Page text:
One year after the Boston Marathon bombings killed those three spectators and injured more than 260 others, about 3,000 invited guests will assemble in Boston's Hynes Convention Center for an official tribute featuring Vice President Joe Biden. The attendees will likely be joined by millions watching the event live online and on various cable news channels. It'll be a solemn reflection and tribute to the victims whose lives were taken on that day, those who have had to reconstruct their own sense of normalcy and the family members and first responders who found strength in the most adverse circumstances.
But this ceremony is just the beginning. In six days, about 36,000 entrants – nearly 10,000 more than last year – will compete in the 118th edition of the race.
They'll be met near the finish line by Jeff Bauman, who lost his legs in the blast, and Carlos Arredondo, the "man in the cowboy hat," who saved his life.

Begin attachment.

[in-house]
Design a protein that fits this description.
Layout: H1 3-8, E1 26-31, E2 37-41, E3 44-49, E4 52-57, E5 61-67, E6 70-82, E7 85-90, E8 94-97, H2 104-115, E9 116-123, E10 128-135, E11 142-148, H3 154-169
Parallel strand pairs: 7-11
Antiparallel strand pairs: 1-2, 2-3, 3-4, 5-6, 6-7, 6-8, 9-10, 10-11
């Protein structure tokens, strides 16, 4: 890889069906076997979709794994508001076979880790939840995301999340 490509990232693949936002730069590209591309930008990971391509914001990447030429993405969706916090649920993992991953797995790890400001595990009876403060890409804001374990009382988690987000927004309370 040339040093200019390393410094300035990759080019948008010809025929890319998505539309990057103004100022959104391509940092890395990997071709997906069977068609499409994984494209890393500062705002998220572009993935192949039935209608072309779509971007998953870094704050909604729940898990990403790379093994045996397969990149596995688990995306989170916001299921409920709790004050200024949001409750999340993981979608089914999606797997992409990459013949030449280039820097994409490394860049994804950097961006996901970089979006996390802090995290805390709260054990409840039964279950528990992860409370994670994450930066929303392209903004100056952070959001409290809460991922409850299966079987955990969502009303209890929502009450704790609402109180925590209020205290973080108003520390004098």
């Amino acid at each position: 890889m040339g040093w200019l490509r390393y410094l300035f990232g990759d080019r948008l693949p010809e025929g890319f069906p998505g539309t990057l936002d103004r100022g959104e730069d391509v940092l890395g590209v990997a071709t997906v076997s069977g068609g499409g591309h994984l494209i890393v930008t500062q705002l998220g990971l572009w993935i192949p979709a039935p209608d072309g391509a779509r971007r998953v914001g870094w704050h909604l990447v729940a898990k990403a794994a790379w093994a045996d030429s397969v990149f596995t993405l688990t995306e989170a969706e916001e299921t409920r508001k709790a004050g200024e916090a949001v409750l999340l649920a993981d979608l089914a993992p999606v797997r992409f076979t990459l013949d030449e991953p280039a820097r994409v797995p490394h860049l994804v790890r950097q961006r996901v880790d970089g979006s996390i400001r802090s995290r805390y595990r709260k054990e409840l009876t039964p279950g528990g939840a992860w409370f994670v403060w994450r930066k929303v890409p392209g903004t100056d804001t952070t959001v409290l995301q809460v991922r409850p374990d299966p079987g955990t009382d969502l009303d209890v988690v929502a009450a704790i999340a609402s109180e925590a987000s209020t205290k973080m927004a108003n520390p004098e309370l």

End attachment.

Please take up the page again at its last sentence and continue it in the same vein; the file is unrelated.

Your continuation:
Somewhere in attendance, there will be newlyweds Marc Fucarile and Jen Regan, who will get married at Fenway Park on Thursday. The tale of how they got there is truly incredible.
There will be Celeste Corcoran, a mother of two from nearby Lowell who ran on her new prosthetic legs for the first time in January. She's been given an honorary bib and has been training to take the final yards of this year's race.
Tuesday's event will be the appropriate moment of reflection and tribute to loss and resilience in the face of tragedy. But as nearly one million expected spectators emerge into the city over the weekend, joining the first responders, survivors, runners and average citizens, the phrase which has appeared all over town for the past year will never be more applicable.